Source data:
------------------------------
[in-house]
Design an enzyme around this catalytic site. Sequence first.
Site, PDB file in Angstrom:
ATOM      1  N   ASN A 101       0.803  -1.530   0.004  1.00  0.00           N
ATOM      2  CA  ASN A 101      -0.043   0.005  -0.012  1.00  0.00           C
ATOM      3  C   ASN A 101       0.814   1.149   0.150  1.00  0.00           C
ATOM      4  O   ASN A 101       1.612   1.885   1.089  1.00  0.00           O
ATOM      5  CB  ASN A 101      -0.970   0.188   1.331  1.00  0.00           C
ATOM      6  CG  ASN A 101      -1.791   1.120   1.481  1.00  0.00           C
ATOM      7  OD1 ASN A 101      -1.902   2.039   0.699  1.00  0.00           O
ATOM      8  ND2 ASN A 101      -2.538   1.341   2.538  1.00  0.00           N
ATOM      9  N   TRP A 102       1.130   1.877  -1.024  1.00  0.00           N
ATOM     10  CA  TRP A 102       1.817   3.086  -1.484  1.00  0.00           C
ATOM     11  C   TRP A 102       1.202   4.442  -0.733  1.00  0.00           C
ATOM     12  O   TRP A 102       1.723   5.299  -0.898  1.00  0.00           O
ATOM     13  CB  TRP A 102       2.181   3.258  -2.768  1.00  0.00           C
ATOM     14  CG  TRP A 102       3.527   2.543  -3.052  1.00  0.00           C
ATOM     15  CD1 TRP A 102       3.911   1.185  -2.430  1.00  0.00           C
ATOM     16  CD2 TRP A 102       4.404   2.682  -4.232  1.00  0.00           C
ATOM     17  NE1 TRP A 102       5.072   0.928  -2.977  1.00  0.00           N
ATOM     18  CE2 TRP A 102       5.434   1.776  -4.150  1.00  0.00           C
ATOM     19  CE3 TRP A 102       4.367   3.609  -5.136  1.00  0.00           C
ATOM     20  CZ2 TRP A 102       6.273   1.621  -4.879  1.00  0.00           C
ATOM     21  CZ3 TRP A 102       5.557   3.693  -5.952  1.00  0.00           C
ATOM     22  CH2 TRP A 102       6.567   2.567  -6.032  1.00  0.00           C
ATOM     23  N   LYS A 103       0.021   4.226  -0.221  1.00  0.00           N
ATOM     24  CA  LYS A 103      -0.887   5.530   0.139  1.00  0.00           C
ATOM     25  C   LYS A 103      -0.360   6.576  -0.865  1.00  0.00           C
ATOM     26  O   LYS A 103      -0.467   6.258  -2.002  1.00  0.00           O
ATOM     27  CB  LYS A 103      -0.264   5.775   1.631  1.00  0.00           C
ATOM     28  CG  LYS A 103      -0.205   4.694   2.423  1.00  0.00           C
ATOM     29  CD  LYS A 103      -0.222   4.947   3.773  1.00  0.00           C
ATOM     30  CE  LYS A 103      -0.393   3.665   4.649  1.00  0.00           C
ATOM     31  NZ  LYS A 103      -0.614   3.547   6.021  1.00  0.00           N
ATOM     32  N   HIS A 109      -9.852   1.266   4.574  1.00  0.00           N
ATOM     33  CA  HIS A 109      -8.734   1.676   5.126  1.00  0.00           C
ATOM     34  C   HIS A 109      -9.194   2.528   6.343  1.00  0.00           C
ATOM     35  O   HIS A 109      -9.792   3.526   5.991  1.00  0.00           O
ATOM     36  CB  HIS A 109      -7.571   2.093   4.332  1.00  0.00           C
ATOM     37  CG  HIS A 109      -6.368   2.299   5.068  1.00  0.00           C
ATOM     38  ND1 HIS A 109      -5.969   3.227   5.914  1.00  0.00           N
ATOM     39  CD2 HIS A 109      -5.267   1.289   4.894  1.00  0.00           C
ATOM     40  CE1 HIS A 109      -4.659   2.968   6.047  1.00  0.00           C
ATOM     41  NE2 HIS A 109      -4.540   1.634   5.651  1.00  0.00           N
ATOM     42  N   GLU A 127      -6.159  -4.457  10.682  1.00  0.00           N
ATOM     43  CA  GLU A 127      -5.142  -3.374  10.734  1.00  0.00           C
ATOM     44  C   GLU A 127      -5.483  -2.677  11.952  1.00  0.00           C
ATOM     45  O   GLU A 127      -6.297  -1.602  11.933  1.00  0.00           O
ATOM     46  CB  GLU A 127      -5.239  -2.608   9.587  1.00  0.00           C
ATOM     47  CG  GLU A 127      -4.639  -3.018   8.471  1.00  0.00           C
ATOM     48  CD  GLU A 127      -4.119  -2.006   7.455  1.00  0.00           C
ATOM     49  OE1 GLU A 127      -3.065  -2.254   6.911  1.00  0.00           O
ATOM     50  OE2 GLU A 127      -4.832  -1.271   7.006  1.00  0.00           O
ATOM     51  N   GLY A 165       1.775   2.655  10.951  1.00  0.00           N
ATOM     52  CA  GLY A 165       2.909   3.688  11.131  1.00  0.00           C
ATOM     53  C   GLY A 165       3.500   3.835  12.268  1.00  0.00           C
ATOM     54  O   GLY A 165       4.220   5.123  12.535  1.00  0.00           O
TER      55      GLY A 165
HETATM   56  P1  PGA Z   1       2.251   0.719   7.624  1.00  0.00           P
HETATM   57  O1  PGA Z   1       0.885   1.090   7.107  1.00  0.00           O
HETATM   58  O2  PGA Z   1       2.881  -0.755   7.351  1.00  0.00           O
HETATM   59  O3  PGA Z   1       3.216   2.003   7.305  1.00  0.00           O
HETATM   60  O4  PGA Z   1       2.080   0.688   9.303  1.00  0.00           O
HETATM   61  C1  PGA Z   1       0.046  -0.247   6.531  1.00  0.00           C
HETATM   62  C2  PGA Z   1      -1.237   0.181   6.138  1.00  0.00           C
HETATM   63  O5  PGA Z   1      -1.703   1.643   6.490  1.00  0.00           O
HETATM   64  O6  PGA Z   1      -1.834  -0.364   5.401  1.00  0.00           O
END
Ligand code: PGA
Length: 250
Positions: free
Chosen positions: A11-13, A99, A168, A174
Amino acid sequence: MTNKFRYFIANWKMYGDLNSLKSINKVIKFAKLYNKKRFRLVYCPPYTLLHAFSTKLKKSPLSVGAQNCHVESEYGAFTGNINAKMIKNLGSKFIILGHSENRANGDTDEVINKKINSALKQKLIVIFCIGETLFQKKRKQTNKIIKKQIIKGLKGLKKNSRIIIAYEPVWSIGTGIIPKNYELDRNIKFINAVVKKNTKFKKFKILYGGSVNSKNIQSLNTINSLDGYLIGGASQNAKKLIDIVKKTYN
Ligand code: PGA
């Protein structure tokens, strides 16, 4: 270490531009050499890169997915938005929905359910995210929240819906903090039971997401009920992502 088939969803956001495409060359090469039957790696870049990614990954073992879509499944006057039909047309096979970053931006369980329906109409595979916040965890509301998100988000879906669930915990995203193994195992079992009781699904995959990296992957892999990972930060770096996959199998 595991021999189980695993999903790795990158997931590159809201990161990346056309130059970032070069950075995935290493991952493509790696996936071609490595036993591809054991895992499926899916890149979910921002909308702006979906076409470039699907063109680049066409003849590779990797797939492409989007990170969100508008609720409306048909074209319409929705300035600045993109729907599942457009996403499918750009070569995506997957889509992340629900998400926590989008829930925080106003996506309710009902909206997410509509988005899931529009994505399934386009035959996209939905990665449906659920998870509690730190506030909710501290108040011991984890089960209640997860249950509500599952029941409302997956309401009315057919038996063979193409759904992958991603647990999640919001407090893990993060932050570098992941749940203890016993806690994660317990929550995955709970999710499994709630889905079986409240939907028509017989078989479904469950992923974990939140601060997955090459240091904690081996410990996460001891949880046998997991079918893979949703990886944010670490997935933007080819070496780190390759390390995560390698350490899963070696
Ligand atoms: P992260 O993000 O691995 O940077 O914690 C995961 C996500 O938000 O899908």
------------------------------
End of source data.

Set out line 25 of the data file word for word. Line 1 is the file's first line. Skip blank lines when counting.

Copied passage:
ATOM     22  CH2 TRP A 102       6.567   2.567  -6.032  1.00  0.00           C